Sunday, June 07, 2009

Book: The Way Home, by George Pelecanos (2009)

When George Pelecanos is good – witness The Night Gardener – he has few peers. When he misses, he manages to do so in his own unique way. The unsuccessful Pelecanos novels seem to have been set down on paper because there were no stone tablets handy. They’re not sober but somber, ascetic to the point of being overbearing. Reading his books is occasionally like falling into conversation with a guy at a bar who becomes steadily more grave until he seizes your arm and says, “Let me tell you what it means to be a man.” Then you shake him off and point out that you only came in for a cold beer and some of the ball game, and things stay awkward until you close out your tab with the game still in progress.

That said, I prefer Pelecanos’s approach, always mindful of choice and consequence in people’s lives, to the cavalier one prevalent in other crime fiction. And I continue to pick up every book he writes.

It’s no surprise that The Way Home is one of his stronger outings, because he’s working with the genre’s elemental plot – The Bag of Money. It’s an intriguingly structured book, the first third devoted to the adolescence of Chris Flynn, a troubled kid from a good working class background. He finally goes too far and ends up doing juvenile time. Several years later he’s working as a carpet installer at the family business. Unambitious and half-heartedly trying to go straight, he’s still a worry for his father. And he continues to hang out with people he met on the inside.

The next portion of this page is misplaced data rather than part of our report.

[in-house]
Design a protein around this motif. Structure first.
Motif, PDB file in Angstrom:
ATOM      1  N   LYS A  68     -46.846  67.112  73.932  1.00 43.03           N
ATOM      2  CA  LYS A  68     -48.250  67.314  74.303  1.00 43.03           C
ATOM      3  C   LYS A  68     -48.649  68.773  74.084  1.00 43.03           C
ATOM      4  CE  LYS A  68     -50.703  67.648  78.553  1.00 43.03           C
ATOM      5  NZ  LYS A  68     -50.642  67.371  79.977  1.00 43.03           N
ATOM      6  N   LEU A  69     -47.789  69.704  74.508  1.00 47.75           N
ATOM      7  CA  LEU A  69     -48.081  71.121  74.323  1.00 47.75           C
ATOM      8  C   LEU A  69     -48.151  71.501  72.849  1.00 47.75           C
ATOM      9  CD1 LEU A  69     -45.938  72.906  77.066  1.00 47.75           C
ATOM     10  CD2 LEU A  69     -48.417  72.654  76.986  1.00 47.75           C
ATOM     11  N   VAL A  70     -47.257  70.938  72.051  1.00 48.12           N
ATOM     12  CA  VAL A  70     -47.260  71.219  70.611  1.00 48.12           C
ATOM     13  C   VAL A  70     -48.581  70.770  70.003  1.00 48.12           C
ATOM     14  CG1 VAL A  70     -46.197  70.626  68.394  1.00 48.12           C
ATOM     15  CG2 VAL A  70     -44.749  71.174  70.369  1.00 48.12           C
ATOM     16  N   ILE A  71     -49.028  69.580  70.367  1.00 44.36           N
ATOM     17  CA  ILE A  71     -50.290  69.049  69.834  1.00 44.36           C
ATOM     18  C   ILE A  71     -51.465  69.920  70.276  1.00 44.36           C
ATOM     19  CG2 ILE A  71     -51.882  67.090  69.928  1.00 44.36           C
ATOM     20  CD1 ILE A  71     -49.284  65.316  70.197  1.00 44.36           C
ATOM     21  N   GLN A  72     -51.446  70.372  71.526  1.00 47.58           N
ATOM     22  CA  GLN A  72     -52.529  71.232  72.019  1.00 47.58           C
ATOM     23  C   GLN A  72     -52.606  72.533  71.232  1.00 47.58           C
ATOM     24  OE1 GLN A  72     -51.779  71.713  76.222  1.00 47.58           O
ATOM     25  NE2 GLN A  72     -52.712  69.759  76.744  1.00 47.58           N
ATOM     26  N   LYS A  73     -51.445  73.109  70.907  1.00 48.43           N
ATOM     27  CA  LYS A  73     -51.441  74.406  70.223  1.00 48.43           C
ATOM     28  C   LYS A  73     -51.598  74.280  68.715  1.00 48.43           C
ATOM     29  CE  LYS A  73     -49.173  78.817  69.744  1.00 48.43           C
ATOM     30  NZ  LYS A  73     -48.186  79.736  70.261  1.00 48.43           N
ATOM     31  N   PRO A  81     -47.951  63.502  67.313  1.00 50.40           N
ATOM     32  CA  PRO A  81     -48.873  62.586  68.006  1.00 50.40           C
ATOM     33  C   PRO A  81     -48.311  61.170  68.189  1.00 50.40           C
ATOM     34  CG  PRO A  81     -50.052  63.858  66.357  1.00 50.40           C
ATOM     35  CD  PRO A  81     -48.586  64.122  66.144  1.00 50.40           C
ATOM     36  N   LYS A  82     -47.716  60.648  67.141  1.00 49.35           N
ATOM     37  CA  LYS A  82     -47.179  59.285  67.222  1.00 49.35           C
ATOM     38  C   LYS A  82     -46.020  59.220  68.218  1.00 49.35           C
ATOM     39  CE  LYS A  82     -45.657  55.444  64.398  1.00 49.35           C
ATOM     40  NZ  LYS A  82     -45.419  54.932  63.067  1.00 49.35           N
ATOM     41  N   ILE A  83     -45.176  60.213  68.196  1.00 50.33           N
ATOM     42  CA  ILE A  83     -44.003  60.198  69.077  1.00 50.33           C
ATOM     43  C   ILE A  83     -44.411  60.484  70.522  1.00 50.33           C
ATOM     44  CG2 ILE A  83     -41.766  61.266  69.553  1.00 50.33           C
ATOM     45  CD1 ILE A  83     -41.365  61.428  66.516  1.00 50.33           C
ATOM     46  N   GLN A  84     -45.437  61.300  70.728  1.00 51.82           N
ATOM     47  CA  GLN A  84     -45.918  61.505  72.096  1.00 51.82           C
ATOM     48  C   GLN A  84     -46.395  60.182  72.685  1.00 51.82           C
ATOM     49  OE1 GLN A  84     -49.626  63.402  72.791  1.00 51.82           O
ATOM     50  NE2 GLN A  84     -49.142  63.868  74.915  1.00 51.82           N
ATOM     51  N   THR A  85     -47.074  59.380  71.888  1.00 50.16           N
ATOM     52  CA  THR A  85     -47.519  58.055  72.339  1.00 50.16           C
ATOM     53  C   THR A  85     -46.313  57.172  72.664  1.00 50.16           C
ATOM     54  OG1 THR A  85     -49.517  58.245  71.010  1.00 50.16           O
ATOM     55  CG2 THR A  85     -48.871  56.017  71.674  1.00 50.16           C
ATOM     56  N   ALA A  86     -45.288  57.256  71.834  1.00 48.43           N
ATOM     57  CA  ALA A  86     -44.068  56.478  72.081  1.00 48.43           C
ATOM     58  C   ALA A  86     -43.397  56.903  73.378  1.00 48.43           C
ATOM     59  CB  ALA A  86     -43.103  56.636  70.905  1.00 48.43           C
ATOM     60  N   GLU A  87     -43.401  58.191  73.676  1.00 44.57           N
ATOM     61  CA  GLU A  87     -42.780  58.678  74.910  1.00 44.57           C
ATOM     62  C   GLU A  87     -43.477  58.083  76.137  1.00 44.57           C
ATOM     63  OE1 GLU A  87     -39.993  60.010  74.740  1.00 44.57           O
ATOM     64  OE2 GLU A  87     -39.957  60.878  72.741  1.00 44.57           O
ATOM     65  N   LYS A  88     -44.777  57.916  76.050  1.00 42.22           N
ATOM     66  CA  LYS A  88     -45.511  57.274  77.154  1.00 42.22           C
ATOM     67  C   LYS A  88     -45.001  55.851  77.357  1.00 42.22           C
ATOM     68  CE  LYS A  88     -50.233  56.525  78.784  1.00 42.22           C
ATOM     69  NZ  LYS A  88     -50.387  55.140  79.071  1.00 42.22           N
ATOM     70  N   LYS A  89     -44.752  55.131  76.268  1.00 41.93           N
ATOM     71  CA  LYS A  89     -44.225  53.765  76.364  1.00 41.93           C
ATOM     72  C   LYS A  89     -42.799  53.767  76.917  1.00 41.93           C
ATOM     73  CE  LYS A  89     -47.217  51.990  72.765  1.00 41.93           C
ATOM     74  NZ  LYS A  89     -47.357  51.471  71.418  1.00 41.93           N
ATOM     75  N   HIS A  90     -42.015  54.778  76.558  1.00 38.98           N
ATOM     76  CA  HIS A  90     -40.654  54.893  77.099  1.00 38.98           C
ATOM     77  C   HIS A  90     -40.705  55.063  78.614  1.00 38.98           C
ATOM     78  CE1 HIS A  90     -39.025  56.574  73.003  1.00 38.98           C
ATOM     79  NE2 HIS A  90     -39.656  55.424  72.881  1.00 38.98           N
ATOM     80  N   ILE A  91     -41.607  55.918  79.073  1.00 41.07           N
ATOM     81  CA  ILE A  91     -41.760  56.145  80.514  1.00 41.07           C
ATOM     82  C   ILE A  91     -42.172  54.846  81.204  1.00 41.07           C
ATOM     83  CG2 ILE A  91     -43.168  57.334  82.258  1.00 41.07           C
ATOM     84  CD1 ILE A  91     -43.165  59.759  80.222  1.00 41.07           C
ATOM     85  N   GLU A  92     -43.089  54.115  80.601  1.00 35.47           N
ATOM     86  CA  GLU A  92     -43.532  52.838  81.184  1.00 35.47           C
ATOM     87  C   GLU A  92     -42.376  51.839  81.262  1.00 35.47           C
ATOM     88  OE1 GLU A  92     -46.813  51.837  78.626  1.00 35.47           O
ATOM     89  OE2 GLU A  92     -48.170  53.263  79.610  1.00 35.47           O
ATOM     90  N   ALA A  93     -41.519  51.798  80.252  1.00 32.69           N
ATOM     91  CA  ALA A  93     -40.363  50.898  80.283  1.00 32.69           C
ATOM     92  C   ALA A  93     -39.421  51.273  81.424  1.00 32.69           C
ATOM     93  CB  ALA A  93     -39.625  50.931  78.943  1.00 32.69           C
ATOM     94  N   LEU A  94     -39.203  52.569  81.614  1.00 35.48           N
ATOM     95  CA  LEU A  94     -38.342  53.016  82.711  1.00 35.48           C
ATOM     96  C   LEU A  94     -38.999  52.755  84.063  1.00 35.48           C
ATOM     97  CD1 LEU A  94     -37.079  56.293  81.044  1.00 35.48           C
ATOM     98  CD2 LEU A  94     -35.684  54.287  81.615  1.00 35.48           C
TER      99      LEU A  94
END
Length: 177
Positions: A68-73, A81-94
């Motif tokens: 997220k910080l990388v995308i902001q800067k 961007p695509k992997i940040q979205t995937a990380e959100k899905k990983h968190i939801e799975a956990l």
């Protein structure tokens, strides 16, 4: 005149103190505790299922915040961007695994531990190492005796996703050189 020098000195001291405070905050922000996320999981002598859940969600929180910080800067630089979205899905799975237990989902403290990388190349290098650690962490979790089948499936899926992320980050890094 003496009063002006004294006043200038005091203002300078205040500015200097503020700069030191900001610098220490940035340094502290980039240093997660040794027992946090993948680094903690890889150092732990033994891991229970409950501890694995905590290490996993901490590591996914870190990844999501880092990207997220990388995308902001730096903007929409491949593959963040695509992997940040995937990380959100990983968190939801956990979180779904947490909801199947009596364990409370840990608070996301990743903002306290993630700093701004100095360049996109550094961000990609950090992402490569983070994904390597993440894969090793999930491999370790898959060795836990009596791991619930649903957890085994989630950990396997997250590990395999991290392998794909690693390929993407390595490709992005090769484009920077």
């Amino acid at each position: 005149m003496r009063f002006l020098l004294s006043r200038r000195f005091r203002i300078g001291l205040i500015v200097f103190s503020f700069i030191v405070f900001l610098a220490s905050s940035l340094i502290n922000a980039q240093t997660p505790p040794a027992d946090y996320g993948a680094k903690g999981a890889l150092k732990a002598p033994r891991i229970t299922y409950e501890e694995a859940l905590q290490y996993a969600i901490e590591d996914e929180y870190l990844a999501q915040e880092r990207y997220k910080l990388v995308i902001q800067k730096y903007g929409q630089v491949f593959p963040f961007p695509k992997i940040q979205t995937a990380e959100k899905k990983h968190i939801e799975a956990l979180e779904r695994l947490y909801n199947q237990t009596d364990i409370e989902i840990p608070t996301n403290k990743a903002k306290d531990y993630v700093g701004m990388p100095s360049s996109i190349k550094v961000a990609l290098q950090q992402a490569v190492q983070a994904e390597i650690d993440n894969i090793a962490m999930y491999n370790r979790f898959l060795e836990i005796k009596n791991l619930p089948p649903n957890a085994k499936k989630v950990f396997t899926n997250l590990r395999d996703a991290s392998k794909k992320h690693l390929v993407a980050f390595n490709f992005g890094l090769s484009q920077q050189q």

Then, on a job, he discovers The Bag of Money.

The simplicity of the story and the leanness of Pelecanos’s prose complement each other here, leading up to a finale with genuine understated power. Pelecanos introduces the shrewish realtor trying to flip a house Chris is working on, apparently a minor character, then beautifully sketches in the woman’s life with a few concise paragraphs involving a waitress at the restaurant she frequents. He then goes one better by giving us the totality of the waitress’s existence in miniature. This is one of the Pelecanos books that’s like buying a round for a stranger to keep the conversation going.

On The Web: Ebony, Ivory & Jade

Meet my new favorite thing on the internet, courtesy of Jaime Weinman. It’s the titles to Ebony, Ivory & Jade, a busted 1979 TV pilot starring Bert Convy and Debbie Allen. (Convy is Jade, in case you were wondering.) As far as I can tell, the premise is Tony Orlando & Dawn as crimefighters. As far as I’m concerned, that’s pure genius. Turns out it was written by one of my heroes Jimmy Sangster, from a story by M*A*S*H’s Mike Farrell. I want this show found, and found now.

On The Web: New Blogs In Town

Hey! Joe R. Lansdale has a blog!

Hey! Scott Phillips has a blog, too!